Comments on the Citibank bailout:
What they did right is break the pattern of taking 79.9% of any remaining shareholder equity, which has meant the government has been the hand of death for shareholders. There is enough risk priced into stocks with that questionable addition.

What they did wrong is complicate matters by doing more than buying a sufficiently large preferred equity position to accomplish exactly what the rest of the relatively complex package accomplished.

This was probably done to minimize usage of funds allocated under the TARP.

They are also perhaps starting to acknowledge that a substantial part of Citibank’s difficulties are due to the failure of government to sustain reasonable levels of output and employment.

Assets that were not problems a year ago have become problems today as the economy has deteriorated due to a lack of aggregate demand.

This might be a good first step towards government fessing up and taking responsibility for the collateral damage of its own fiscal and monetary policies, and stop blaming the victims by putting them to death when they require assistance. In fact, if I were Obama I would take this approach.

The government already gets 30% of all earnings through the corporate income tax. If they want more, they can raise that tax rather than demand a percentage of the outstanding shares.


Posted in Daily, Government Spending | 12 Comments »

Orszag again

Posted by WARREN MOSLER on 26th November 2008

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Obama picks Orszag to run budget office

By Jeanne Sahadi

President-elect Barack Obama on Tuesday nominated Peter Orszag to head the White House’s Office of Management and Budget (OMB), which is the president’s chief number-crunching department.

As OMB director, Orszag, 40, would prepare the president’s federal budget proposals for Congress and analyze the effectiveness of government programs and policies, as well as have a big role in determining funding priorities for federal dollars.
Orszag has also been a frank voice on the growth in the country’s deficit and the shortfalls in the Social Security and Medicare programs.

“The nation is on an unsustainable fiscal course,” Orszag said in September, before the Treasury and Federal Reserve committed over a trillion dollars to stem the credit crisis, at least some of which the government is expected to make back over time.


Posted in Articles, Obama | 7 Comments »

New Fed securities purchases

Posted by WARREN MOSLER on 26th November 2008

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I like this part, after all the criticism of lenders who relied on credit agency ratings:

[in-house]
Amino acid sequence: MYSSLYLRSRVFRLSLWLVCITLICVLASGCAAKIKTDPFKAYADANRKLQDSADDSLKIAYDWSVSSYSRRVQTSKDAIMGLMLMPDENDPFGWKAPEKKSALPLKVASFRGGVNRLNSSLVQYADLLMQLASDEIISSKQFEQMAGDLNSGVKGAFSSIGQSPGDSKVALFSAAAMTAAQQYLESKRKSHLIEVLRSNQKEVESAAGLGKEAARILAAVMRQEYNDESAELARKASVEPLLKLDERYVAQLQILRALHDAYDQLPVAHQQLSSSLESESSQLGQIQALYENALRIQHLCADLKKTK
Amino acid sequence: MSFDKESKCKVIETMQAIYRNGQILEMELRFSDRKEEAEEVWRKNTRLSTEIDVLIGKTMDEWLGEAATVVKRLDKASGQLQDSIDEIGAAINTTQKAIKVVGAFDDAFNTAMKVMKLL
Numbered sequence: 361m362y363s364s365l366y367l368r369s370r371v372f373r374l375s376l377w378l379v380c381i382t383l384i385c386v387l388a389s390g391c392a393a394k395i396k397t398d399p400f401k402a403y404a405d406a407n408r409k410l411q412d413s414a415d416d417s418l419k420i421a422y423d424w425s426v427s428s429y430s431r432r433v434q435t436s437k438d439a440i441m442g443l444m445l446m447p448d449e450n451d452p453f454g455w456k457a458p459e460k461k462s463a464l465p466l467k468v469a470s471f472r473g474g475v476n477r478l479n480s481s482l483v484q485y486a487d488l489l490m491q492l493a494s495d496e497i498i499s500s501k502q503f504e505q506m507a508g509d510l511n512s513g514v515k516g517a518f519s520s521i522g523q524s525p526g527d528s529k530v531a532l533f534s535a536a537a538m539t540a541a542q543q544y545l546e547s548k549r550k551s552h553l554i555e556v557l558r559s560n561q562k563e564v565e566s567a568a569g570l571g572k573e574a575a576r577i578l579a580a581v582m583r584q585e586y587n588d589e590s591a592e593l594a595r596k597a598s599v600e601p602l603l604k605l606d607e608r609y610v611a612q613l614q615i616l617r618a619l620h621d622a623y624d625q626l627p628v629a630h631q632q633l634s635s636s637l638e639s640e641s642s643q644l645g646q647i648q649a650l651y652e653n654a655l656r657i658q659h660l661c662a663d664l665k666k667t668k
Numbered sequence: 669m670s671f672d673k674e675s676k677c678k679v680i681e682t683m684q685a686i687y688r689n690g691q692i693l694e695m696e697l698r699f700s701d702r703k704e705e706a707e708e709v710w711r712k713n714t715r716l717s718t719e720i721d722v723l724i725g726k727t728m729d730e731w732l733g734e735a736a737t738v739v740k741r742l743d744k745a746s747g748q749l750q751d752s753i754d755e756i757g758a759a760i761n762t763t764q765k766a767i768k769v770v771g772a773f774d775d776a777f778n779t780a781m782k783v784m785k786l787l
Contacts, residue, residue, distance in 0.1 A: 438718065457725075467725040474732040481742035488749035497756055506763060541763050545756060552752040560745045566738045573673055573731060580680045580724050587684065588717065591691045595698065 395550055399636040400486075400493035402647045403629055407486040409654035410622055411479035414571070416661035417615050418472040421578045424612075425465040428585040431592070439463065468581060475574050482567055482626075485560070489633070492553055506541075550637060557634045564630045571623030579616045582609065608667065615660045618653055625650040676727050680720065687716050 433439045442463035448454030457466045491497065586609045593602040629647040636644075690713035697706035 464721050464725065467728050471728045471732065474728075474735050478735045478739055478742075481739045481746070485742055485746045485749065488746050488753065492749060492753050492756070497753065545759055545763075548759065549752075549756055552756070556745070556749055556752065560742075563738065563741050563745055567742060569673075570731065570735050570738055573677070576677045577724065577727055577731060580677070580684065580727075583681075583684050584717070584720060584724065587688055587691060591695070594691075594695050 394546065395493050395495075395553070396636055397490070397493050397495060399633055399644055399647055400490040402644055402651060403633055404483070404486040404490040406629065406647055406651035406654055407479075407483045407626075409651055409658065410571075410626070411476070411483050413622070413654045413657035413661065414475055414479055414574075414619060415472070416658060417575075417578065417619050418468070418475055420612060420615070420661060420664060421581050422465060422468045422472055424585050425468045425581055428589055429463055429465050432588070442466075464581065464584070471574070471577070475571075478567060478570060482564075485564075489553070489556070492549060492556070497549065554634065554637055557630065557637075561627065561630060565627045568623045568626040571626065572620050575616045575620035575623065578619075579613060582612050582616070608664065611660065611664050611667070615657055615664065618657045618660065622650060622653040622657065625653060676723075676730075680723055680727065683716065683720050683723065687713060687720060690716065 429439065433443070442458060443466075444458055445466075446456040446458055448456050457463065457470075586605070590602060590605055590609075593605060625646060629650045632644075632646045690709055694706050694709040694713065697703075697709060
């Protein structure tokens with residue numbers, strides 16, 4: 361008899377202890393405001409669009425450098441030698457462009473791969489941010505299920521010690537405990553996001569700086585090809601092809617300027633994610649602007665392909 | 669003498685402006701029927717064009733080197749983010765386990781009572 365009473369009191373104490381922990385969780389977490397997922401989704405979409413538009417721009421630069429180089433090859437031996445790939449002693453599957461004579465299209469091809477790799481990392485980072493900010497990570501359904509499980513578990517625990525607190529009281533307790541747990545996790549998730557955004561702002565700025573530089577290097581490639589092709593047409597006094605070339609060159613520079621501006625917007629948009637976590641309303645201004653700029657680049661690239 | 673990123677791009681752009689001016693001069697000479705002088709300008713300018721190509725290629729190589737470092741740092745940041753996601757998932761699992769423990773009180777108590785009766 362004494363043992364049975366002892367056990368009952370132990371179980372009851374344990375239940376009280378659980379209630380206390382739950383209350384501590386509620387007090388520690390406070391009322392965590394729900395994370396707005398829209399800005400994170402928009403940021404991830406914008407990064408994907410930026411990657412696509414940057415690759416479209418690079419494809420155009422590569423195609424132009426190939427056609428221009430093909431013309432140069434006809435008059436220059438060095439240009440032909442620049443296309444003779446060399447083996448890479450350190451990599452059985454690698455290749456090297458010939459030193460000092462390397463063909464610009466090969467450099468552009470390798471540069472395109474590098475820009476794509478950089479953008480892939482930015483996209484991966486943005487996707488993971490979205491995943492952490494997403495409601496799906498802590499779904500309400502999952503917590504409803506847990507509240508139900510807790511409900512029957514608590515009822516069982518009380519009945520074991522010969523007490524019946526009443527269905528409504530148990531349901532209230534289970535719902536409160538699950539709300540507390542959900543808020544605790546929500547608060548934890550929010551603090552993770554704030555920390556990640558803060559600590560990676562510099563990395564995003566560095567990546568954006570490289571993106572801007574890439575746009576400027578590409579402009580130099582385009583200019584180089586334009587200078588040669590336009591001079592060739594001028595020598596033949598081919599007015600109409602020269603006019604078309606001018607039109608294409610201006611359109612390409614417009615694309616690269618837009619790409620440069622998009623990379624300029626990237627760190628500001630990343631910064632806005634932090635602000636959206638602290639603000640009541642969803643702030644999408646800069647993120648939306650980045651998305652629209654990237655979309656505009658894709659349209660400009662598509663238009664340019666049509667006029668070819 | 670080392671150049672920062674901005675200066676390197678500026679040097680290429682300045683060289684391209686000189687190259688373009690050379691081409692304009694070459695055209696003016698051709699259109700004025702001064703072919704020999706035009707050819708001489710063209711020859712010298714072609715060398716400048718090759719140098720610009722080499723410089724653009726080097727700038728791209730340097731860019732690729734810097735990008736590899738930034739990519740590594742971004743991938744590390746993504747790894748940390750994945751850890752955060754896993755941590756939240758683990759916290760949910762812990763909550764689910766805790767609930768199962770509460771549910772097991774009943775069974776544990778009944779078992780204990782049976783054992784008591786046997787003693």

“Each month, the Fed will auction off a fixed amount of one-year loans based on competitive bids to borrowers who will use the loans to purchase newly- or recently-issued AAA-rated consumer and small business ABS.”


Posted in Fed | No Comments »

2008-11-26 USER

Posted by WARREN MOSLER on 26th November 2008

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Karim writes:

Lots of numbers today- none of them real good.

MBA Mortgage Applications (Nov 21)

Survey n/a
Actual 1.5%
Prior -6.2%
Revised -6.2%


MBA Purchasing Applications (Nov 21)

Survey n/a
Actual 261.60
Prior 248.50
Revised n/a

Up a bit from very low levels.


MBA Refinancing Applications (Nov 21)

Survey n/a
Actual 1254.00
Prior 1281.20
Revised n/a


Durable Goods Orders (Oct)

Survey -3.0%
Actual -6.2%
Prior 0.8%
Revised -0.2%

Big fall.

Karim writes:

  • -6.2% m/m
  • -4% m/m ex-aircraft and defense (after -3.2% and -2.3% prior two months)


Durable Goods Orders YoY (Oct)

Survey n/a
Actual -11.7%
Prior -2.5%
Revised n/a

Big fall in a longer term down trend.


Durables Ex Transportation MoM (Oct)

Survey -1.6%
Actual -4.4%
Prior -1.1%
Revised -2.3%

Not good either.


Durables Ex Defense MoM (Oct)

Survey n/a
Actual -4.6%
Prior -1.8%
Revised n/a


Durable Goods ALLX (Oct)


Personal Income MoM (Oct)

Survey 0.1%
Actual 0.3%
Prior 0.2%
Revised 0.1%

Income has held up better than expected.

And the consumer has deleveraged substantially.


Personal Income YoY (Oct)

Survey n/a
Actual 3.3%
Prior 3.2%
Revised n/a

Looking lower.

Will get a nice kick up with the coming fiscal adjustment.


Personal Income ALLX (Oct)


Personal Consumption MoM (Oct)

Survey -1.0%
Actual -1.0%
Prior -0.3%
Revised n/a

Consumption falling even as income continues to increase.

The consumer is recharging his batteries.